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Transformerless high voltage from 120VAC

Discussion in 'Electronic Basics' started by noname, May 29, 2007.

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  1. noname

    noname Guest

    I need to build a compact transformerless high voltage supply that
    will run off of 120VAC mains and produce at least 2000-4000 (AC or DC)
    volts with very low current. I figure what would be best is the
    "Walton-Cockroft voltage multiplier"

    http://tinyurl.com/2vvnpz

    How many capacitors (and what type, size, ect) would I have to use for
    this to work?

    TIA
     
  2. John Larkin

    John Larkin Guest

    Roughly 60 capacitors, say 10 uF each, and 60 diodes... it sure won't
    be "compact."

    John
     
  3. See http://www.ramseyelectronics.com/downloads/catalog/Rmz2007W-4.pdf

    Page 32 - Generates 7.5kV DC negative, 400uA.
     
  4. Ron M.

    Ron M. Guest

  5. default

    default Guest

    What size cap depends on how much power you want.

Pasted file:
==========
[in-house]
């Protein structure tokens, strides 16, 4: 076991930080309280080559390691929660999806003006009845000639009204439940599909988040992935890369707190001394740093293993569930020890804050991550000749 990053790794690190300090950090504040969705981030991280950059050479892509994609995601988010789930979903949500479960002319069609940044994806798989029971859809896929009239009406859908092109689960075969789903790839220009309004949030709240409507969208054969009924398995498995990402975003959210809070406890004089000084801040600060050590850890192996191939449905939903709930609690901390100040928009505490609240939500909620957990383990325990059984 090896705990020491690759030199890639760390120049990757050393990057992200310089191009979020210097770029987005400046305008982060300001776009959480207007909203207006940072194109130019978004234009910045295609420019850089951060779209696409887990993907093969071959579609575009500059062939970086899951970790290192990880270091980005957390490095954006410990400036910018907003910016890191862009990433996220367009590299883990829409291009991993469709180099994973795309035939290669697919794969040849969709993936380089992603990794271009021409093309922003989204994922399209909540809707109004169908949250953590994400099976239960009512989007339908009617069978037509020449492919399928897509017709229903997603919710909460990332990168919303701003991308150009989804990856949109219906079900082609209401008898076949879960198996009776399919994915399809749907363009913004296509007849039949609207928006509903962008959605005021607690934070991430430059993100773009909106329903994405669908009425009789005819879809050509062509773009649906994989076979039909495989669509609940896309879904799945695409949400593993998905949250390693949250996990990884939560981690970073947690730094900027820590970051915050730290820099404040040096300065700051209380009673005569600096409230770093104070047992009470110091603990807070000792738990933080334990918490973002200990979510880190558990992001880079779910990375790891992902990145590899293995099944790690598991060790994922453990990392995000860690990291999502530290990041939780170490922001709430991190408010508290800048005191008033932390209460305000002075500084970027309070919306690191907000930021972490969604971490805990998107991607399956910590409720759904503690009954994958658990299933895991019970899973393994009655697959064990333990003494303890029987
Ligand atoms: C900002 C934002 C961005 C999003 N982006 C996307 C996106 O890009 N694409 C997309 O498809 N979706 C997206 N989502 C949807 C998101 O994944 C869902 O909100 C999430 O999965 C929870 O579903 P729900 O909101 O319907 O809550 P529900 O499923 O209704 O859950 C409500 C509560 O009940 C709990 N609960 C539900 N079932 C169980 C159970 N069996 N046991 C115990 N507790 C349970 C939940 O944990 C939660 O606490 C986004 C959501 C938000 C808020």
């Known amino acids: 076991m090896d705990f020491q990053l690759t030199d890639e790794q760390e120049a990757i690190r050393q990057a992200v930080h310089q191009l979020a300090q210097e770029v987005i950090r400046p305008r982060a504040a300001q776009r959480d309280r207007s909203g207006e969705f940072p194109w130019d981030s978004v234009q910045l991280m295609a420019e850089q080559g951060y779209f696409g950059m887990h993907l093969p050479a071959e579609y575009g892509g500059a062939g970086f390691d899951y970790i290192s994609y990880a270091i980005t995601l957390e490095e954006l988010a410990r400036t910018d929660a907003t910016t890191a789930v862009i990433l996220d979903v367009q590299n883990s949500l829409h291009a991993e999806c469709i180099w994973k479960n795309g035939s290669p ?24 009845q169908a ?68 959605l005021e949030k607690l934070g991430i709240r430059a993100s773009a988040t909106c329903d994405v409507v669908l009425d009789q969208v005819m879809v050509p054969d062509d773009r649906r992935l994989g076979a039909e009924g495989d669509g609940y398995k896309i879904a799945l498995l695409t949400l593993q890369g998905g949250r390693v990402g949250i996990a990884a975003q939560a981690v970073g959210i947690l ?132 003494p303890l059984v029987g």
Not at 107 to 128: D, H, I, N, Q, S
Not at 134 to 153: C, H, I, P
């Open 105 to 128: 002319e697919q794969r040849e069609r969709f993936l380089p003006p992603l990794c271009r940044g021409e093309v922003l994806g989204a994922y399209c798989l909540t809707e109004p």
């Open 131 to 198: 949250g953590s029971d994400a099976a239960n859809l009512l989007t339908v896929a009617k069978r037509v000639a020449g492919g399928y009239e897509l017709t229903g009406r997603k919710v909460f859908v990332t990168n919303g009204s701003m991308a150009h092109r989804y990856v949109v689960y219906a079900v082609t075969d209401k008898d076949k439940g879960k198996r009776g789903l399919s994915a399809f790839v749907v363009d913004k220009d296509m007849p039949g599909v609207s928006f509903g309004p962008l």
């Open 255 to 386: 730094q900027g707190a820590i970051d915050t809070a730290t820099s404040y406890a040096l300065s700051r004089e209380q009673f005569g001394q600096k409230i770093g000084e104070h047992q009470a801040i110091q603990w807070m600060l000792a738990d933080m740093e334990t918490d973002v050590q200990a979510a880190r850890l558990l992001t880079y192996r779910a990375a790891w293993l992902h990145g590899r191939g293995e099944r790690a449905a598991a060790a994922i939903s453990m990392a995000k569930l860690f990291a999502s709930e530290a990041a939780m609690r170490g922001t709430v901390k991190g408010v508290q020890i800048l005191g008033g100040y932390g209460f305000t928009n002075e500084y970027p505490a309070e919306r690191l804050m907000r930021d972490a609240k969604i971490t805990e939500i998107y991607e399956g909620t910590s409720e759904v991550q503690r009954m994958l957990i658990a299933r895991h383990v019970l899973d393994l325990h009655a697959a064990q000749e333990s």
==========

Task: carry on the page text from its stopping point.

Capacitor voltage is established by the input voltage to the chain.

    The URL you list, has the formula

    Eout = 2n*Epk - VDrop .... VDrop=0 under no load

    Voltage out, equals, 2 times the number of stages, and voltage peak of
    the input. (sine wave 120 VAC, times 1.4142 equals 170 Volts peak)

    You would need 12 stages to get 4 KV out and each stage consists of
    two diodes and two capacitors.

    The output of a Cockroft Walton is DC . . . always.

    There are variations in the design to give full wave output with twice
    the parts for twice the power.

    The bigger the size of the caps, the more output power and current.

    Ripple increases substantially when you try to pull off power, so CW
    multipliers are used for low current applications, like ionizers,
    loading the belts of Van De Graf machines with electrons, in TV sets
    to provide acceleration voltage, bug zappers, charging up caps to high
    voltages etc..

    The higher the frequency the more power you can get out of a given
    number of stages . . .

    Charge a cap with one and you could conceivably electrocute yourself
    with it. Connect the side shown grounded in the first schematic to
    the AC hot wire and you could electrocute yourself with 120 volts.

    An ionizing potential of ~10KV+ will charge objects near it with an
    electrostatic charge - causes static shocks if you are insulated from
    ground and near one spitting out ions, in a dry area.
     
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